certain wind speed. As wind speed changes the wave height or amplitude can
increase. Using a sine function, I will depict varying wind speeds affecting
the wave heights shown through the graph and compare my function’s results with
the actual wave height results of Hurricane Katrina’s waves. I can also then
use my parent function to predict the wave heights of future hurricanes based
on wind speed averaged per category of hurricane. A depiction of the wave
heights can better help to understand possible severity when expecting
approaching hurricanes in the future.

Figure 1. Diagram depicting the structure of waves and their
parts

“Four Grants in Four Days.” Kennesaw
State University | College of Science and Mathematics,
science.kennesaw.edu/. 

In Figure 1, a depiction of a wave is seen. In the model of
a wave, the amplitude can be seen and equated to the amplitude in a sine graph.
The period of the “graph” of the wave can be seen through the wavelength. As
wave height is determined from measuring the height from wave crest to trough,
the wave height will be equal to half of the wavelength, or half of the period of
the sine graph.

Charting Waves

Wave heights during Katrina were looked at through
characteristics of pressure, height, time to develop, and wind speed. Data and
weather trackers recording buoy information collected take significant wave
heights into account as many waves can fail to form or may be to minor and
routine to be significant. Using data for significant wave heights from the
National Data Buoy Center’s (NDBC) buoy stations in the Gulf of Mexico I will
create a chart relating the height of the significant waves in meter to the
time taken to develop (seconds) throughout the period of a day.

Figure 2. Chart Displaying the Significant Wave Heights in
meters of Hurricane Katrina per NDBC’s data from August 27th, 2005.

Hour

Wave Height (meters)

Seconds

0

3.9

7.7

1

2.6

7.5

2

3.5

8

3

5

9.3

4

5.1

9.5

5

6.2

10.5

6

6.1

10.4

7

6.3

10.6

8

7.6

11.3

9

7.1

11

10

7.8

11.7

11

7.7

11.6

12

8.1

12

 

In order to use this information to have a more uniform wave
pattern graphed I take the averages of the wave heights and seconds to find an
average height and span of time in order to construct a Sine function from it.

After adding all the significant wave height data from the
NDBC I received a total of 77 meters in total.

77÷ 12 = 6.41 (rounded to the
nearest tenth place)

6.4 is the average wave height.

To calculate the average seconds it took for
the waves to develop the same practice is followed. After adding all the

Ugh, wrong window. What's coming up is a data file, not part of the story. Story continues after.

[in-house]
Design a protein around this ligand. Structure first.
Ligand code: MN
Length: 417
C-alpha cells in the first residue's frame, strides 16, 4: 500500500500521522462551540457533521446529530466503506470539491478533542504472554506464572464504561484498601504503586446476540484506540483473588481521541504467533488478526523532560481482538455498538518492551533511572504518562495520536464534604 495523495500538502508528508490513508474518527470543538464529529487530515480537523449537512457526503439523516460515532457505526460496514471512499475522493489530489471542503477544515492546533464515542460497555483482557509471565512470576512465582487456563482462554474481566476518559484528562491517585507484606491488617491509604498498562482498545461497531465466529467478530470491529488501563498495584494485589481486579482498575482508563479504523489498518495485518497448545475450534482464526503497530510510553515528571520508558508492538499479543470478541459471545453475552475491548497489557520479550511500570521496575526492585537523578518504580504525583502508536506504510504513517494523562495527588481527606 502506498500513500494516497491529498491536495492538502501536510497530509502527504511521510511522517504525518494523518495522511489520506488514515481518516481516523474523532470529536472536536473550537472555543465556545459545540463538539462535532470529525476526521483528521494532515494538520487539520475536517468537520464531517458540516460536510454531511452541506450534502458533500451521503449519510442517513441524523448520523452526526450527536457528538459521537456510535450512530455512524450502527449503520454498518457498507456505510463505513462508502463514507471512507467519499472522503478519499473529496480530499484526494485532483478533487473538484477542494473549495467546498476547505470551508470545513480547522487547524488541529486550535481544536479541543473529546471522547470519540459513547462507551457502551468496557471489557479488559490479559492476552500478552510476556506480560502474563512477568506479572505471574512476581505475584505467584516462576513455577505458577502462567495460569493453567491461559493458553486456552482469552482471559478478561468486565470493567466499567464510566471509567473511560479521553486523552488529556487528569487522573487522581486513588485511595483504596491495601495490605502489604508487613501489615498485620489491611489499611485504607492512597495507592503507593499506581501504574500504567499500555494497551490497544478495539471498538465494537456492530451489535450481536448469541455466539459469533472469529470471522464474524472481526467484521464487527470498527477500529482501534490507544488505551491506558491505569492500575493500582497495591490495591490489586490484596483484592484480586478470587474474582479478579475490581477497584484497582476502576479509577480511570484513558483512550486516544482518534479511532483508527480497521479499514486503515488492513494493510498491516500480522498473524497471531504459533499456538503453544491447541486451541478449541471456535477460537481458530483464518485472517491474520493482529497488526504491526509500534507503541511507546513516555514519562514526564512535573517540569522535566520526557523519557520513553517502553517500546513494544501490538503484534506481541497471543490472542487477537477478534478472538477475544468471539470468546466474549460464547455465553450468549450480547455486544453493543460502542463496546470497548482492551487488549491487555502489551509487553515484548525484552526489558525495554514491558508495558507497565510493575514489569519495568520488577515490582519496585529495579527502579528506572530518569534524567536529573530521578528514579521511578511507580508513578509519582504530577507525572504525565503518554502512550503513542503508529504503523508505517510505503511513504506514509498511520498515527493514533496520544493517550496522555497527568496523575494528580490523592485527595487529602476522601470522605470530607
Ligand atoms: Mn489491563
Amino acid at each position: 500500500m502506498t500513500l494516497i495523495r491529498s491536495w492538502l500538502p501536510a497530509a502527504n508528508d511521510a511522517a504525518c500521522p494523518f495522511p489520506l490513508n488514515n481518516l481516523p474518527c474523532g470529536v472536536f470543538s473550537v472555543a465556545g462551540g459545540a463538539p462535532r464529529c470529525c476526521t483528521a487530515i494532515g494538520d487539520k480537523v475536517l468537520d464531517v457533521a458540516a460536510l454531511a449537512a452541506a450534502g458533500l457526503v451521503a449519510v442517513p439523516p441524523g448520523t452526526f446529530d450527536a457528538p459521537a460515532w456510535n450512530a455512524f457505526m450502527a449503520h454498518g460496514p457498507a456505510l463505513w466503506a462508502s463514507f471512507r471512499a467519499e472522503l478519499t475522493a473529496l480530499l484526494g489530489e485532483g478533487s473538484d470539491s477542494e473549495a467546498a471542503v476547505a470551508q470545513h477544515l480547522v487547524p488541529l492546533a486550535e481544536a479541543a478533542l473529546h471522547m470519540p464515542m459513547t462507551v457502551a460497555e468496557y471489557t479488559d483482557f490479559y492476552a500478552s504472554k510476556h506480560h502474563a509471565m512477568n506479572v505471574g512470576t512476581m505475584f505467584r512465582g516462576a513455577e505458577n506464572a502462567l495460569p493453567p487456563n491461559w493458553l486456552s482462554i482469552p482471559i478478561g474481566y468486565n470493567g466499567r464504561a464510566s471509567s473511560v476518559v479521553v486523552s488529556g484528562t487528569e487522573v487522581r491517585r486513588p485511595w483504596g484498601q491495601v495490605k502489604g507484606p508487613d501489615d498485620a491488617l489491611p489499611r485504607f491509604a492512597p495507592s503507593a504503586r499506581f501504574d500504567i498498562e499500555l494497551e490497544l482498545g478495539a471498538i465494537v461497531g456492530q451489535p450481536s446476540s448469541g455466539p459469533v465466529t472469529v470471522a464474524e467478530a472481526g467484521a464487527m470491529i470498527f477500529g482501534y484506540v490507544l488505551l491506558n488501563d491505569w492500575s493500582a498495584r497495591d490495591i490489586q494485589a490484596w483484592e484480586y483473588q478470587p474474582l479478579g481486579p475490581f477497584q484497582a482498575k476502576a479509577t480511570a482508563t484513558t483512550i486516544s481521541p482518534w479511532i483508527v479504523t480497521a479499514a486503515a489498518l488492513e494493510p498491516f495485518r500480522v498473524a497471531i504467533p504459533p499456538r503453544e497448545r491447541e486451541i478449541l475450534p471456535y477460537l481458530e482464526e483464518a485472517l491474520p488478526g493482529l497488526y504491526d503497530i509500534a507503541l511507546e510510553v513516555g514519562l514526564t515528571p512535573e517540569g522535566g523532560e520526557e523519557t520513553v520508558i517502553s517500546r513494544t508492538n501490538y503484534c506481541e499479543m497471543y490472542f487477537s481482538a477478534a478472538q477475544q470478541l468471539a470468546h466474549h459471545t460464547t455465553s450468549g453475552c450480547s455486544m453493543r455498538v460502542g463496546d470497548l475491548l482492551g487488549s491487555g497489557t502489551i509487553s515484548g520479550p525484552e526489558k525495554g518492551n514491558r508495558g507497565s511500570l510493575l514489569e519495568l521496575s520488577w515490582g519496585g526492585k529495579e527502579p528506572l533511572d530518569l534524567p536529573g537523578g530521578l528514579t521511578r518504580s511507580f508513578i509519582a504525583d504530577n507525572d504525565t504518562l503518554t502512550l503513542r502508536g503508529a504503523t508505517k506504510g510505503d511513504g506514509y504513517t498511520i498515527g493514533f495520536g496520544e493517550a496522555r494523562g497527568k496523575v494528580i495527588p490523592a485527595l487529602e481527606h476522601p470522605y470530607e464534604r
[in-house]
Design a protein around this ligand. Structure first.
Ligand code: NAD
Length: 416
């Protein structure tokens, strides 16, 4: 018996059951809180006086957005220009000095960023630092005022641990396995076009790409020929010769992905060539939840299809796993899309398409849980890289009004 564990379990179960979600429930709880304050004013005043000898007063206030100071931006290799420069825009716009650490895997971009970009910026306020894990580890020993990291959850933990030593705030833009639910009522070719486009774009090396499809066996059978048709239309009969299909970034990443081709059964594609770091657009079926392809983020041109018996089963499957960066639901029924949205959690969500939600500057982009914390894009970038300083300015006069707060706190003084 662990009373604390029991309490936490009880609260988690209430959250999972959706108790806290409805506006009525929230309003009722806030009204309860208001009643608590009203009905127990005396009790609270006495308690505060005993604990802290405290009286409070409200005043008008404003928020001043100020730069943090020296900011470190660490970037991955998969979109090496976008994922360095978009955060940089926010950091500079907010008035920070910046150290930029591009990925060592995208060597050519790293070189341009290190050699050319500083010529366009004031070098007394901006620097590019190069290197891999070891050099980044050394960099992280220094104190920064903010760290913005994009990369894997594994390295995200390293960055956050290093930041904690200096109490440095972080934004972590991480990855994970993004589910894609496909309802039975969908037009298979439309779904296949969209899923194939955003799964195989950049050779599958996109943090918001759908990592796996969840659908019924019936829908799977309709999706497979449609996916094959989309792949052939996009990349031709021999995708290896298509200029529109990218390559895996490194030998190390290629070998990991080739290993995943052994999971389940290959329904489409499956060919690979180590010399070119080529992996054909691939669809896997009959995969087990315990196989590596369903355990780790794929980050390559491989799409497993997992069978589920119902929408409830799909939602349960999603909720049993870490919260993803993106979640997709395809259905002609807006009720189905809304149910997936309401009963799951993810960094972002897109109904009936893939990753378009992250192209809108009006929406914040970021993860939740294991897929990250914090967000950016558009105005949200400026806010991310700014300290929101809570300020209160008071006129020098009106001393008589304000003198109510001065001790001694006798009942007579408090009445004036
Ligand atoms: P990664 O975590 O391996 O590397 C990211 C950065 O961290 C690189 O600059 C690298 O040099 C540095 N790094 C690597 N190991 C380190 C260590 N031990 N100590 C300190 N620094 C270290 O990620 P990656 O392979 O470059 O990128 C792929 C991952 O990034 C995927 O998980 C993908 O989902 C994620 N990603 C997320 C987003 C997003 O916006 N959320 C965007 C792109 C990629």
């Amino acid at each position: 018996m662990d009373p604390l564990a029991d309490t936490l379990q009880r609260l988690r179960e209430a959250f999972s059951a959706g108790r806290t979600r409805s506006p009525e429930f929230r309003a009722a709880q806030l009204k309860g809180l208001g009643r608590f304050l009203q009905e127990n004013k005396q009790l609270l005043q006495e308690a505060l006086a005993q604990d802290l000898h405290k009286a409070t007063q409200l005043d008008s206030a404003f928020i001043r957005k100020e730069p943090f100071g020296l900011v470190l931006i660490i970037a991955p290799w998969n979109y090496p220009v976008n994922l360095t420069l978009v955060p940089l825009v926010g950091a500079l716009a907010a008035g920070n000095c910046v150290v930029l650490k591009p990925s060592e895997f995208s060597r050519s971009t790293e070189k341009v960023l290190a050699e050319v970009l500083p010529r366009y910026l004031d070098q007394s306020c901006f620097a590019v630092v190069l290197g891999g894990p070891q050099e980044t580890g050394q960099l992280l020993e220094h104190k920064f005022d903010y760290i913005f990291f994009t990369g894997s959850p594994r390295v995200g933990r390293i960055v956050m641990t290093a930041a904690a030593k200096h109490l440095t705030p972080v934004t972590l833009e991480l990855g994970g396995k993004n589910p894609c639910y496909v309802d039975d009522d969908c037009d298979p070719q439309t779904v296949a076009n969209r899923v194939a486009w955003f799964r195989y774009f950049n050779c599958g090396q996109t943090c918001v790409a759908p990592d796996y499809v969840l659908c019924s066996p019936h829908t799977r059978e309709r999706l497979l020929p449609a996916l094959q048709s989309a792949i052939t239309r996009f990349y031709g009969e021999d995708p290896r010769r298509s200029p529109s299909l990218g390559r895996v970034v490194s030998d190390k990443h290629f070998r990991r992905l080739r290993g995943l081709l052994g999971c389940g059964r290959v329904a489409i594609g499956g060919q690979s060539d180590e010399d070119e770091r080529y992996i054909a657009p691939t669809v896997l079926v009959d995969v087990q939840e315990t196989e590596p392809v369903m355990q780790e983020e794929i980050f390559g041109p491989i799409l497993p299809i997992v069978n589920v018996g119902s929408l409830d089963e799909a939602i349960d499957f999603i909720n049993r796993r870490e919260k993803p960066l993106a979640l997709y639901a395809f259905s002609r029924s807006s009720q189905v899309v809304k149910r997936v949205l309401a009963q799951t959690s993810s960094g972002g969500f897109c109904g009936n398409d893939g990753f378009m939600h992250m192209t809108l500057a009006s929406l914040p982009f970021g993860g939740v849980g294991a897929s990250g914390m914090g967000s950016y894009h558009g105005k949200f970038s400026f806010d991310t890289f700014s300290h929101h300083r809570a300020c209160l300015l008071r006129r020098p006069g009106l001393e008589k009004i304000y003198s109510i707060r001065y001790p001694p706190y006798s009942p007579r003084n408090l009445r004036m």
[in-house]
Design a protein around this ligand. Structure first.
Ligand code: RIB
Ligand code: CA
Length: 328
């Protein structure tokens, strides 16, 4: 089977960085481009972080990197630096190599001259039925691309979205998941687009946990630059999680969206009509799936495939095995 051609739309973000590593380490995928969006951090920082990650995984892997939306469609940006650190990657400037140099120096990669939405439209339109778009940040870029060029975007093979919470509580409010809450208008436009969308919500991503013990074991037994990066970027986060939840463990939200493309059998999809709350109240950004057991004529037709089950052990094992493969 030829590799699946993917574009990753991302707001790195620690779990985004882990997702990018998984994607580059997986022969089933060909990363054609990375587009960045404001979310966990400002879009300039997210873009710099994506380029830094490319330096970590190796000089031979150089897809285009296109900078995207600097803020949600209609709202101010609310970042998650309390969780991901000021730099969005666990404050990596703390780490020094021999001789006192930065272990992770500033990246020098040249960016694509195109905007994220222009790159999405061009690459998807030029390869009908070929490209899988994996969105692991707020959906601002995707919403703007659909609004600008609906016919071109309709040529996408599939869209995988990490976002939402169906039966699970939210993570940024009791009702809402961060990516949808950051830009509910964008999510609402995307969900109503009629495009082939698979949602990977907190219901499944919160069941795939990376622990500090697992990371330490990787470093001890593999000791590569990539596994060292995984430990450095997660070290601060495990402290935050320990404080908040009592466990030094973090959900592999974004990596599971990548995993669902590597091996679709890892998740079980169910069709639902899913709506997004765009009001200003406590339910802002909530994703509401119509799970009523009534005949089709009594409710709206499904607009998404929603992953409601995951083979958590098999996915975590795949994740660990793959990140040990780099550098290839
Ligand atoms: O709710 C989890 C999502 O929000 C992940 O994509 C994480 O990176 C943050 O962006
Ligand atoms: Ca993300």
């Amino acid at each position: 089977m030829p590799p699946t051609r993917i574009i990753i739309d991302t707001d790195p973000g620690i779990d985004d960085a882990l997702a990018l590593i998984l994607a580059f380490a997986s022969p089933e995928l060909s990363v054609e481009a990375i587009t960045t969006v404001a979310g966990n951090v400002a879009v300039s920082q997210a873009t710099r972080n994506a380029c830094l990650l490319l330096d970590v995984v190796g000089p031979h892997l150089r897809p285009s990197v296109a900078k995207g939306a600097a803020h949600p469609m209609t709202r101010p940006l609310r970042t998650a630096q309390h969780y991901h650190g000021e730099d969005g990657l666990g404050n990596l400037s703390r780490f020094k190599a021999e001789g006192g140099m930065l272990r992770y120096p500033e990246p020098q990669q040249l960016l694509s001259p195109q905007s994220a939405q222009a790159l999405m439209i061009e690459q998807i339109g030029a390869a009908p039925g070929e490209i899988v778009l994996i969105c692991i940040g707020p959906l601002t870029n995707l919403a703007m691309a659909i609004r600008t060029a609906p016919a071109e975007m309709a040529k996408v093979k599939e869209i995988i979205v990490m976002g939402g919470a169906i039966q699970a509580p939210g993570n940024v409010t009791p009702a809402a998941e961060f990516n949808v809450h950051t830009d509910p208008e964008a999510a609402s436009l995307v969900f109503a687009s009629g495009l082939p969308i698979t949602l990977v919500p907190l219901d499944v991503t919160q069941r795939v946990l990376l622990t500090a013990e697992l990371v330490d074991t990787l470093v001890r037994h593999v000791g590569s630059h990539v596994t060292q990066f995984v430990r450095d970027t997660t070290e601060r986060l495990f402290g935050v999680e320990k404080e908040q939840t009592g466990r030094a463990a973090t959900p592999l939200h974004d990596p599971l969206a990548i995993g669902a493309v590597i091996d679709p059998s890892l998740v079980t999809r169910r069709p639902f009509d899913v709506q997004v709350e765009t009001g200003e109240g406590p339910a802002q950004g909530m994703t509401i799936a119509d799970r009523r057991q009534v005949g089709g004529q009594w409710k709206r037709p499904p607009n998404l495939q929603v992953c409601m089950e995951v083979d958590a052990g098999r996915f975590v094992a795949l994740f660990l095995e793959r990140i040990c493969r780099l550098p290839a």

seconds I received a total of 131.1 seconds.

131.1 ÷ 12 = 10.925

After rounding to the nearest tenth place my
average for seconds per wave is 10.9.

Once I graph my average wave heights, this
will be my amplitude of my sine graph. The period itself is a total of 10.92
which I am setting equal to ?. To find my B for the equation I took the standard form
of a Sine function: Y= a×Sin (bx + c) + d

and took the middle term of (bx + c) knowing that there is
no phase shift, allowing C to equal zero so that when that term is set equal to
zero, and I have to solve for X I will result with zero. I also know that B
would be 2 because the expression to find a period in a Sine graph is:

Placing my B value of 2 below and solving, I would result
with ? which is my period, allowing me to use 2 for B as it proves this.

Figure 3. A Graph of the Wave Height Sine Equation:

My amplitude within the function shown in Figure 3. is 6.4
per the wave height, and the period is ?, with no phase or vertical shift.

 

 

 

 

Works Cited

“Reports from the National Data Buoy
Center’s Stations in the Gulf of Mexico During the Passage of Hurricane
Katrina.” NDBC – Reports from the
National Data Buoy Center’s Stations in the Gulf of Mexico During the Passage
of Hurricane Katrina, www.ndbc.noaa.gov/hurricanes/2005/katrina/.

 

GFDL
– Geophysical Fluid Dynamics Laboratory, www.gfdl.noaa.gov/global-warming-and-hurricanes/.

 

Fairclough, Caty. “Currents, Waves,
and Tides: The Ocean in Motion.” Ocean
Portal | Smithsonian, Smithsonian’s National Museum of Natural History, 26
Oct. 2017, ocean.si.edu/ocean-news/currents-waves-and-tides-ocean-motion

 

US Department of Commerce, National
Oceanic and Atmospheric Administration. “Currents.” NOAA’s National Ocean Service Education: Currents: Waves, 19 Dec.
2004, oceanservice.noaa.gov/education/kits/currents/03coastal1.html.